Over lunch and tea, we got talking about his big checklist for the prospectives. Can’t blame the man for having one; I’ve been there, striking items off with each passing year. I’d like to mention a few here, not with the intention of outing the man’s super-secretive list, but to remember the discussion that followed each.

  • The girl has to be from Bangalore.
    • Why so? Well, there’s a friend of a family of a friend of the family, who got married to someone from UP. And when the mother of a friend asked about the friend of a family of the friend’s wife, she made a face when he said UP.
  • The girl has to have a younger brother.
    • Why younger? Older brothers tend to be overprotective, you know. And now you have a father and a mother and a brother to worry every time you make a move. And younger brothers can easily be brought in line, no?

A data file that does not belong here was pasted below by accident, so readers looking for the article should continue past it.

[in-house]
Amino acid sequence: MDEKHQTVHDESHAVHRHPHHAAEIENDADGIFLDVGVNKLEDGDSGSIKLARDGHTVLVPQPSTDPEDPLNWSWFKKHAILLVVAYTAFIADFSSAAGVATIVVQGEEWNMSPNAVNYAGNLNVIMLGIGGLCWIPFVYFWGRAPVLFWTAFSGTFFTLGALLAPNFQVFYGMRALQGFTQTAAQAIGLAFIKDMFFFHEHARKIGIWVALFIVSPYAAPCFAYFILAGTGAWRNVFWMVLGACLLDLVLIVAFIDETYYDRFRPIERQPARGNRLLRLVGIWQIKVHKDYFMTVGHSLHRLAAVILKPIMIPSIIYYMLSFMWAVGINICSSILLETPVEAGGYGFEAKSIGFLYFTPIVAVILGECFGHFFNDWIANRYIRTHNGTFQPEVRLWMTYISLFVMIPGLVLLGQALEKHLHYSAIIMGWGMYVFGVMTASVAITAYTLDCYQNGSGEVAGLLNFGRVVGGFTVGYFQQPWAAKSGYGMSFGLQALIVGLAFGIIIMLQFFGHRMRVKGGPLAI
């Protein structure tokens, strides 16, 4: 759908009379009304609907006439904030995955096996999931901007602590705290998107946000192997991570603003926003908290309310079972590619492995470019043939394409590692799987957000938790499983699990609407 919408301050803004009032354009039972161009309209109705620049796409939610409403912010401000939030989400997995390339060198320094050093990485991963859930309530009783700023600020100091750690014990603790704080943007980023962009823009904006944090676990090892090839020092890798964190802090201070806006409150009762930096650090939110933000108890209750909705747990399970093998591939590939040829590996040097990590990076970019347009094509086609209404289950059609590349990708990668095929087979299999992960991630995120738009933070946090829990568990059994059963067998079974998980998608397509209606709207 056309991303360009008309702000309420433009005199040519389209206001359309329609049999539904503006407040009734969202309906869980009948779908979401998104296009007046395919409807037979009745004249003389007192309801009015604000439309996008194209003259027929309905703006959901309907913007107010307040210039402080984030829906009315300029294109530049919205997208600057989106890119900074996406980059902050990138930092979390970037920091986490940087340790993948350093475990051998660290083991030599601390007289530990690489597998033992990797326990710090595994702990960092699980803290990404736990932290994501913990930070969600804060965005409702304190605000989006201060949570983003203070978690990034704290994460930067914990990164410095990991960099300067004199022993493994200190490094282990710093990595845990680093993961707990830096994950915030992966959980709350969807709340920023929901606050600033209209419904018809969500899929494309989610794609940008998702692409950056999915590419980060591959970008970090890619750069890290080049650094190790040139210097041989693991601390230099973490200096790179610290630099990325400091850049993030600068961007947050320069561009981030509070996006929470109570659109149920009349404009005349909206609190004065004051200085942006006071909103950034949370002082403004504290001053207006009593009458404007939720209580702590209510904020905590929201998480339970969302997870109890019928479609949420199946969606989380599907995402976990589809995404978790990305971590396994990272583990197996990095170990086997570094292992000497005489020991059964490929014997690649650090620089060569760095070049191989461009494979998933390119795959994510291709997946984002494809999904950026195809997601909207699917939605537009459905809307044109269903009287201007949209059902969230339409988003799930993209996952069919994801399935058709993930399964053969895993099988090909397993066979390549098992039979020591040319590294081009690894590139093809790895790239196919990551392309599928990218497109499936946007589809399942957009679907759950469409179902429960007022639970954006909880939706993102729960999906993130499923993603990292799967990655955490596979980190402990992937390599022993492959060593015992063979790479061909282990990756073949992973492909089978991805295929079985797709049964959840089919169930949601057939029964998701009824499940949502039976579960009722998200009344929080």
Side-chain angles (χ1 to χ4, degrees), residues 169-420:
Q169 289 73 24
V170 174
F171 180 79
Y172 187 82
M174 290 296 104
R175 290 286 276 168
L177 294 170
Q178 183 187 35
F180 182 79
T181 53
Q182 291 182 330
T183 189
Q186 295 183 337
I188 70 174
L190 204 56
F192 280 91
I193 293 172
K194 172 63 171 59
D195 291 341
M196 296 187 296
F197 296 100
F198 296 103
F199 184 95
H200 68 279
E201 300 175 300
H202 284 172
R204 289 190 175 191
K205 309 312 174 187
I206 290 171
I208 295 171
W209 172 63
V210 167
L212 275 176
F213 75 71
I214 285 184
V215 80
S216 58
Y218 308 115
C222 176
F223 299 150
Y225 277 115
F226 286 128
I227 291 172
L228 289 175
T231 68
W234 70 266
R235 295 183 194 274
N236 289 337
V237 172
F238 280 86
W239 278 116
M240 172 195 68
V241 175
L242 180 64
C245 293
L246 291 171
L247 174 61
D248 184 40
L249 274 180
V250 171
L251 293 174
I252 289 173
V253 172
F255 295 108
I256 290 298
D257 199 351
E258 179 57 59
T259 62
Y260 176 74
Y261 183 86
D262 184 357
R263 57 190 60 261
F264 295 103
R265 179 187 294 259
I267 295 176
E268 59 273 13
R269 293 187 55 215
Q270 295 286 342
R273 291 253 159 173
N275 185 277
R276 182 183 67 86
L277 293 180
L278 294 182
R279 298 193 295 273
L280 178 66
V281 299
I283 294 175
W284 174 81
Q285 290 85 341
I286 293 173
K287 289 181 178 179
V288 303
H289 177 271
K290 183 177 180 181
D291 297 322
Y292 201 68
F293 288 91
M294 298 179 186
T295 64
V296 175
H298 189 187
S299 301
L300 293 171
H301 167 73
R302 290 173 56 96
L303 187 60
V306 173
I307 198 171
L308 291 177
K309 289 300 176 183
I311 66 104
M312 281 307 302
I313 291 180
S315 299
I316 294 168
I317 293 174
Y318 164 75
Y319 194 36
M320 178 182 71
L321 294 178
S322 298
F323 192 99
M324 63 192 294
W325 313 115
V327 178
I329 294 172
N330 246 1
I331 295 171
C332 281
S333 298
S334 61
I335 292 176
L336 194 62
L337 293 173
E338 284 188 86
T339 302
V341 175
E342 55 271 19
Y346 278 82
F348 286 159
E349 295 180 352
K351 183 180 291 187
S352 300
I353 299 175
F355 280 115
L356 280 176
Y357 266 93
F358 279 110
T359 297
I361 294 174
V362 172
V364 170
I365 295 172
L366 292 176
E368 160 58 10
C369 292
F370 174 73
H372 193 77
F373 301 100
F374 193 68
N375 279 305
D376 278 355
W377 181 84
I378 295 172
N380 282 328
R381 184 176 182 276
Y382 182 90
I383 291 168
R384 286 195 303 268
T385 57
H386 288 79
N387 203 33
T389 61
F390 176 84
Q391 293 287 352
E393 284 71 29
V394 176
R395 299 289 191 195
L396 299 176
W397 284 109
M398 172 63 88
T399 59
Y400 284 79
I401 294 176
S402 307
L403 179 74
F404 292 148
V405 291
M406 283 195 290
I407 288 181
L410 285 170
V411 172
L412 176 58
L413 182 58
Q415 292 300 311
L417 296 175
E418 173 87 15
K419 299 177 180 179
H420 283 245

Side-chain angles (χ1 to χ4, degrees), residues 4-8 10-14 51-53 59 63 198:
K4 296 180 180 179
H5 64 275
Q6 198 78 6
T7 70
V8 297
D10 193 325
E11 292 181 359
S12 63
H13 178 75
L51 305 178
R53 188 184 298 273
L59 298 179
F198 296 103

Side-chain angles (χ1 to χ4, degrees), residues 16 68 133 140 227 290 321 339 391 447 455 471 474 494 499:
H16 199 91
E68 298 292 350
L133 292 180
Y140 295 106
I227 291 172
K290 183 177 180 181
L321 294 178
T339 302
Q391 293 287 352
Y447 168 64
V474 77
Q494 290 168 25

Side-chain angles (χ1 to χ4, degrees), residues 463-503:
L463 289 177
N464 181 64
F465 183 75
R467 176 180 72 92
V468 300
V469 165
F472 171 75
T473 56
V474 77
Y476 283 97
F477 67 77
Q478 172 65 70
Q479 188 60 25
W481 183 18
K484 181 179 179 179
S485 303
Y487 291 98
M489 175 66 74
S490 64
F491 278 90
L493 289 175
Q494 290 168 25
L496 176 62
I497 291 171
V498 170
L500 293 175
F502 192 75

• Why not a sister? Younger or older? Well, a girl will eventually leave the house and the parents will have noone to take care of them anyway. Which means, the in-laws are around a lot, or the wife is gone a lot.
    • Why the whole hassle or siblings? Why not get a single child? Oh! We’ve seen a few of those and their long tentacles. They are too attached to their parents and are always trying to make the man leave his parents and live separately.
  • The girl had to love dogs.
    • Why? Who am I kidding? This one’s a no-brainer.